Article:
Fleet Readiness Center East Overcomes Challenges to Produce Critical V-22 Components
(Source: US Navy; issued June 17, 2020)
An orbital welding machine performs a weld on a titanium fuel line for the V-22 Osprey. Orbital welding provides a clean, precise bond between the titanium tube and the fittings that hold it in place on the aircraft. (FRCE photo)
CHERRY POINT, N.C. --- If a V-22 squadron needs a titanium hydraulic or fuel line tube for one of its aircraft, Fleet Readiness Center East is the source to call. That’s because FRCE is the only U.S. military aircraft repair facility to have perfected the orbital welding process required to produce these critical components.

V-22 fuel lines and hydraulic tubes are made of titanium to withstand the high operating pressures and degree of vibration the aircraft experiences in flight. FRCE engineers and artisans first began working to establish capability to weld titanium for fuel line and hydraulic tubes about 10 years ago, but results were uneven and customer demand was low. About two years ago, however, the U.S. Air Force requested that FRCE resume welding fittings onto the titanium tubes.

Welding fittings onto a titanium tube without defects proved to be extremely difficult to achieve. Mark Sapp, welding engineer with the FRCE Materials Lab, said that in spite of its strength, titanium is unforgiving of defects.

“It could be a matter of touching the surface with rubber, a scratch only three-thousands of an inch deep, or a fatigue characteristic – there are a lot of metallurgical considerations that could damage a titanium tube,” Sapp said. A crack, a scratch or a void in the weld on one of these tubes could compromise its integrity. If the strength of the titanium is weakened, the fuel line or the hydraulic line could fail.

Sapp said much of the knowledge gained in FRCE’s first attempt at welding the tubes had been lost by 2017, but one rule guided the team’s new quest for a perfect Class A weld.

“Clean, clean, clean was our mantra,” Sapp said. “It took quite a few evolutions before we could get our cleaning process down.”

Erik Quinn, overhaul repair supervisor, said each step in the welding process was evaluated to determine if it was adding value or creating contamination.

“The requirement of a clean, contaminant-free atmosphere when it’s in the chamber is what allows us to achieve a Class A weld,” Quinn said. “After it completes the welding process, it goes through a nondestructive inspection process, and … there are very strict requirements that have to be met through X-ray, as well. When you do this process, and it makes it all the way through successfully, you have just created the cleanest, strongest weld possible.”

Part of the process includes acid etching the fittings before they are attached to the tube to ensure they are free from contaminants. This process was previously completed by materials engineers, who had to fit the process into their schedules. Now, welders have been certified to etch the fittings, which cuts several hours from the process.

Once the fittings are etched, they are then lined up precisely with the tube in the orbital welder to ensure a strong, clean weld.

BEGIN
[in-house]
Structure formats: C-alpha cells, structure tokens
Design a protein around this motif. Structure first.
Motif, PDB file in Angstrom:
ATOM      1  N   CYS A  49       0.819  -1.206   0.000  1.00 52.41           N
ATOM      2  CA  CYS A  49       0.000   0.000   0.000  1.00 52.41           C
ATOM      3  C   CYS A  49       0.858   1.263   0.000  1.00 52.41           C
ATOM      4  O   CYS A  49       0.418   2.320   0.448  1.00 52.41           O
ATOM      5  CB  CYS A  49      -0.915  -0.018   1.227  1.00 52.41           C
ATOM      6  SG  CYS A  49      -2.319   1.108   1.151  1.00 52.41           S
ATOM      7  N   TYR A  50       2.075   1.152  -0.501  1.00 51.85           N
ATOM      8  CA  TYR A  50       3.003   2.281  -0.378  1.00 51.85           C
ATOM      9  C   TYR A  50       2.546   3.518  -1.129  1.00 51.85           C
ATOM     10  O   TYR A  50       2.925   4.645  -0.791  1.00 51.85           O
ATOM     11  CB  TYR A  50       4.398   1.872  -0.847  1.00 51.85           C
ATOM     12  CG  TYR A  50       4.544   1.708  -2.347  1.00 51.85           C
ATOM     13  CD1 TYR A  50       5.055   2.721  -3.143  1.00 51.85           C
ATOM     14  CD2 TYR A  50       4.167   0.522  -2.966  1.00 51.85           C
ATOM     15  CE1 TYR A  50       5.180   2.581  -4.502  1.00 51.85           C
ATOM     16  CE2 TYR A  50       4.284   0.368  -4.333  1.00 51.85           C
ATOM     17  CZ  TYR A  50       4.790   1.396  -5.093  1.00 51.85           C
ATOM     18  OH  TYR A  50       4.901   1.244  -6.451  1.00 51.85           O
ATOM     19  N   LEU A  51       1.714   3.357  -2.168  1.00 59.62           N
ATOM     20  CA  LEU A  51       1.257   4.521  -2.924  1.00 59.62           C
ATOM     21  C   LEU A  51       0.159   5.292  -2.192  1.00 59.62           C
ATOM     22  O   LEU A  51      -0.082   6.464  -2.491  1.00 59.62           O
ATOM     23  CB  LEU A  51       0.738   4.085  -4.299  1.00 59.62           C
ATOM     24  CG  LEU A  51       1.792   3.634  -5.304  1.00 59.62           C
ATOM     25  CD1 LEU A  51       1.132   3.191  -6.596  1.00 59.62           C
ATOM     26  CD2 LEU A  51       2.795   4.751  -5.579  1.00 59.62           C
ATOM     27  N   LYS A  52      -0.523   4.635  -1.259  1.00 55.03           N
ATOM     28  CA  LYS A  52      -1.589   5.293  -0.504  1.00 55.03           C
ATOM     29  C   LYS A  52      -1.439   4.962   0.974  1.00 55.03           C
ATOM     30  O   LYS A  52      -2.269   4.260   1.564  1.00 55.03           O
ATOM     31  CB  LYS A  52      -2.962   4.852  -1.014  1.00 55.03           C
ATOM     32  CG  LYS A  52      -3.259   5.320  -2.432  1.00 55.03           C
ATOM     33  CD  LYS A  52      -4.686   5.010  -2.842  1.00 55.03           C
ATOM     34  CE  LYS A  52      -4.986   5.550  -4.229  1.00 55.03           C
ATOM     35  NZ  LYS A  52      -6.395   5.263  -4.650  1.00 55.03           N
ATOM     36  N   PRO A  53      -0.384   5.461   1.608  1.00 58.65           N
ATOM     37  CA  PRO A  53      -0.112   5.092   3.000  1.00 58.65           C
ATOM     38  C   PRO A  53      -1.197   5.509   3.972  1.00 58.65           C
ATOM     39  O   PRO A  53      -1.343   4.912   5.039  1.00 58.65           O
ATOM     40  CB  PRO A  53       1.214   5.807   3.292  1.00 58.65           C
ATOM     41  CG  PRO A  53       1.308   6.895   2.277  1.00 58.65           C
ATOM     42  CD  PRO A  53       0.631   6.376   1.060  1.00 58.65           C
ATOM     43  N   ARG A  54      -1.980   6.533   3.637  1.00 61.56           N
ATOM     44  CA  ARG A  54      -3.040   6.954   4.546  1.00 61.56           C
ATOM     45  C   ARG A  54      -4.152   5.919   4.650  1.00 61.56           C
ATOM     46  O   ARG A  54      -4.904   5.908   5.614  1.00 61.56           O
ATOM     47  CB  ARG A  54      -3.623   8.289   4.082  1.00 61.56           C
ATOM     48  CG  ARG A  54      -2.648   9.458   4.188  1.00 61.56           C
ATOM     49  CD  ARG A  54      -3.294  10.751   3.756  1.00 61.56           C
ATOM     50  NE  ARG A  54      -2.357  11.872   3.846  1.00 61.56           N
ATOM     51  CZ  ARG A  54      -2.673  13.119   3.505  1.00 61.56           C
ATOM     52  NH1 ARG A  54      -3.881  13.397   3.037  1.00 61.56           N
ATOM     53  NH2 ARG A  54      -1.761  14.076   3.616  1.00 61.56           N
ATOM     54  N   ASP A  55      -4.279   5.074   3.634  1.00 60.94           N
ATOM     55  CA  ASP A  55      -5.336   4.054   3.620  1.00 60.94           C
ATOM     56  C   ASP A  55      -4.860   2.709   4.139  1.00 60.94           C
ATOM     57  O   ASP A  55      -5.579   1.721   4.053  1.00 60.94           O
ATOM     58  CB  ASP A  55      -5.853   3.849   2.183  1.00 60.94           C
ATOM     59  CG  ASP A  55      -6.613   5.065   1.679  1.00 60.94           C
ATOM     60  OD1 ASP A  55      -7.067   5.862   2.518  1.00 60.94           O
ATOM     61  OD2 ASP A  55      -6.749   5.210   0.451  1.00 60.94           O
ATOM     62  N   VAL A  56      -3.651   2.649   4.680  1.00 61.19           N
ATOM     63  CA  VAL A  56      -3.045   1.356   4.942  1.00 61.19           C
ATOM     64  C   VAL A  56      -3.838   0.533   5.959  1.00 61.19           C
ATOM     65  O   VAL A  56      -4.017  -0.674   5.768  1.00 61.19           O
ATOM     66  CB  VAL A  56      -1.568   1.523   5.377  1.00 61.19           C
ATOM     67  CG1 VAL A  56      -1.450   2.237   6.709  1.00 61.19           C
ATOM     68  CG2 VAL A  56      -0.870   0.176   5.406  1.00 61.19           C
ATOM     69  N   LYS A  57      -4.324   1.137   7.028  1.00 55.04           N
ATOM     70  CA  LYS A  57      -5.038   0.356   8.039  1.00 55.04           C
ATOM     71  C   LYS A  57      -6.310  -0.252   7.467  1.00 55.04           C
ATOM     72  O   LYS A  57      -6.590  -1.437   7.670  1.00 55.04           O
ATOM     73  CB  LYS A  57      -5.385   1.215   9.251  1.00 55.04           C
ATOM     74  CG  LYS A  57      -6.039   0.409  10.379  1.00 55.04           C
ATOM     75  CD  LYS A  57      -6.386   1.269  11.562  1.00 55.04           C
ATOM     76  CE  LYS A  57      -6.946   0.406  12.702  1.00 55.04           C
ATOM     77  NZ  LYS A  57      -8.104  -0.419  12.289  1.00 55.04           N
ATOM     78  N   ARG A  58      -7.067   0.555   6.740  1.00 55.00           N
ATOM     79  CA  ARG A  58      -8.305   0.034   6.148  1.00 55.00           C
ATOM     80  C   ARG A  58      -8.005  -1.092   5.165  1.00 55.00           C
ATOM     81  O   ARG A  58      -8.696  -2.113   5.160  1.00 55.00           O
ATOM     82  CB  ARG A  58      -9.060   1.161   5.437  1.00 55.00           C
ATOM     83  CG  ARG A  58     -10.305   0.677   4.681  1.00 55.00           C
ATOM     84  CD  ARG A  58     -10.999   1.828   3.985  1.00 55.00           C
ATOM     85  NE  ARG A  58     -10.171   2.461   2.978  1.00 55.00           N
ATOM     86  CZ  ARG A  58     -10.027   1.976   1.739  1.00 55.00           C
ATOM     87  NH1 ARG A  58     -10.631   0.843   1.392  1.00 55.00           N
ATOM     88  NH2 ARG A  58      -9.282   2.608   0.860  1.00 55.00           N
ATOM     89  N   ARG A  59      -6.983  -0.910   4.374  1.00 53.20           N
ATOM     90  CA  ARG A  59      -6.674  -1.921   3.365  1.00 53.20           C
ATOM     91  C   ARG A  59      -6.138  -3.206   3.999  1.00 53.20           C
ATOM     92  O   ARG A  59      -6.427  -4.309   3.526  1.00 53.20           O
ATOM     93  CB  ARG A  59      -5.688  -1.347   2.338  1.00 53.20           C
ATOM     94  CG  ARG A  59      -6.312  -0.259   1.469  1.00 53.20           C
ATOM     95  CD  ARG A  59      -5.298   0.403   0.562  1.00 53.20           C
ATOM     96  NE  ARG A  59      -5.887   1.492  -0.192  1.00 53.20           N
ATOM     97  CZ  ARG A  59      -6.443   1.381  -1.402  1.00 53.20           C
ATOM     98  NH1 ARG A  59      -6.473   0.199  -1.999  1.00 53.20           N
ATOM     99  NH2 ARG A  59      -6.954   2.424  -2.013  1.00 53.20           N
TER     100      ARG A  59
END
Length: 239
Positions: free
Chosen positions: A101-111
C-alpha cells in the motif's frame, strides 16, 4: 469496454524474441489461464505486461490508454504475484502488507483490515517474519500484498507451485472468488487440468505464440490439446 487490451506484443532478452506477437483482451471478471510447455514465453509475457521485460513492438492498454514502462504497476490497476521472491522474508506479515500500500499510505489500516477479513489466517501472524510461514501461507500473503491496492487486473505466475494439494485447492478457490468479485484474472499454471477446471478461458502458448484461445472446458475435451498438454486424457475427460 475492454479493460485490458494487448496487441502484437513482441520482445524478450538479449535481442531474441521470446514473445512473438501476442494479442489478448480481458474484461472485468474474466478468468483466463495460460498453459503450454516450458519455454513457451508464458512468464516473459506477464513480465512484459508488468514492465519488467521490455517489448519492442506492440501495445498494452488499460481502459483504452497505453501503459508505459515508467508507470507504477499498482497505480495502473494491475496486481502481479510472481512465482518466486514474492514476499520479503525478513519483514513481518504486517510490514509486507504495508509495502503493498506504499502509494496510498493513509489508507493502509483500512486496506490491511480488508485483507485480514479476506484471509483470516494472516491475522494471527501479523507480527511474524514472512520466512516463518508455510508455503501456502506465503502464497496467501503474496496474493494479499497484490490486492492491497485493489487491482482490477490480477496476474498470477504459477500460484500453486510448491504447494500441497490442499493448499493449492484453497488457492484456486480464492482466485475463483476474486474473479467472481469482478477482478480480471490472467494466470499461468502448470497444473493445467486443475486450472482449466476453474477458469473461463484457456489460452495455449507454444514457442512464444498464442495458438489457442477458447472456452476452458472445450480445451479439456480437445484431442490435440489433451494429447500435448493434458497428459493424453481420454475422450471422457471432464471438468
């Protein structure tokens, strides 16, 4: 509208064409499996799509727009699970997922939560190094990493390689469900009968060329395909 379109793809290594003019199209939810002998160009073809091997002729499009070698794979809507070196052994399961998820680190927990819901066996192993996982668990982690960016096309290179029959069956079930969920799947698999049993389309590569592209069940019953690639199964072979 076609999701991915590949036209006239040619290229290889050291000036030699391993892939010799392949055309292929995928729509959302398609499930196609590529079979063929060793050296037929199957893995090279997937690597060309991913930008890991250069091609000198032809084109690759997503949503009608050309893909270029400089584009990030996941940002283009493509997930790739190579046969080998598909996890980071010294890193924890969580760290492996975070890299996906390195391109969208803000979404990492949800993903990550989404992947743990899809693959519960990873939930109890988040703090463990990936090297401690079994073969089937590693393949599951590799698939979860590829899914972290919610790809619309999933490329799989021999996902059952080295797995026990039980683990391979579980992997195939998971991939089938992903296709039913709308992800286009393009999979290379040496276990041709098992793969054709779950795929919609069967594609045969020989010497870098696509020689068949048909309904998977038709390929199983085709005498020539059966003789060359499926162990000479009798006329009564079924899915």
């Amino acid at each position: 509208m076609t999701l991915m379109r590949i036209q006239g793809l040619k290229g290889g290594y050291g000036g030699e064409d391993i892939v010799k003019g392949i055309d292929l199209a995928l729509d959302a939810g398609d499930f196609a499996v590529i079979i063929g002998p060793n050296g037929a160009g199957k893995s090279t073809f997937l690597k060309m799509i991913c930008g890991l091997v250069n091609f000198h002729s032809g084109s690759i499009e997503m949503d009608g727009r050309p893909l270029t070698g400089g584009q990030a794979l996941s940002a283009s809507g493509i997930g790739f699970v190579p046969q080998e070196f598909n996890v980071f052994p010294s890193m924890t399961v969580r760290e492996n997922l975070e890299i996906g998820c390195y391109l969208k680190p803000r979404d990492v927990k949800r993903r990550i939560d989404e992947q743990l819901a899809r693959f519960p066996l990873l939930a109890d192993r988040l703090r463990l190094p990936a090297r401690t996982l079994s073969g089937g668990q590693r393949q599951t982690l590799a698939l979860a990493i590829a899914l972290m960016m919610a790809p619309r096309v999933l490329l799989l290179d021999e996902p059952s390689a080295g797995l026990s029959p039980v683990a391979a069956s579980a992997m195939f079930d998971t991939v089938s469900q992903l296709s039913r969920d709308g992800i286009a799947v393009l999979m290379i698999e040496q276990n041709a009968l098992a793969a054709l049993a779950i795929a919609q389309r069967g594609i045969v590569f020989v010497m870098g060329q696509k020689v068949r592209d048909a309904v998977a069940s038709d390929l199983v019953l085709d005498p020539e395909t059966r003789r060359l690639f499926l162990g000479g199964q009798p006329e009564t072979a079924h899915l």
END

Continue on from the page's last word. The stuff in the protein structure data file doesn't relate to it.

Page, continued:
Robert Warmack, welder at FRCE, said the orbital welder uses argon gas to purge any contaminants from the system, and then the welding begins.

“Once the arc hits and starts welding, it’s a continuous weld that goes from one end all the way around the tube to the other,” he explained. “The welder makes one continuous orbit around the tube from start to finish. The fitting itself has a little bit of extra metal, that way it fuses on to the tube itself.”

Sapp said that, because FRCE is the only DOD repair point for the flight-critical V-22 fuel and hydraulic lines, the team maintains close control over the welding process.

“If we make a mistake or if there’s a failure in our production process we have to immediately go back and find that point of failure and get it corrected and make sure all who are involved understand what had taken place and what to look for,” Sapp said.

Quinn said as the welding team refined its process, their reliability rate has steadily increased from a 30 percent pass rate two years ago to 85 to 90 percent today. Quinn credited the perseverance of the project team with the ultimate success of the project.

“When you consistently see that you’re failing, you can easily get deterred and lose your drive to continue through,” Quinn said. “These individuals stayed vigilant, they stayed relentless, and they stayed on top of this to achieve what they’ve done. They have all done a wonderful job proving this process out.”

FRCE is North Carolina's largest maintenance, repair, overhaul and technical services provider, with more than 4,000 civilian, military and contract workers. Its annual revenue exceeds $835 million. The depot generates combat air power for America’s Marines and naval forces while serving as an integral part of the greater U.S. Navy; Naval Air Systems Command; and Commander, Fleet Readiness Centers.

Click here for a related June 14 story on the FRCE’s involvement in F-35 component maintenance.


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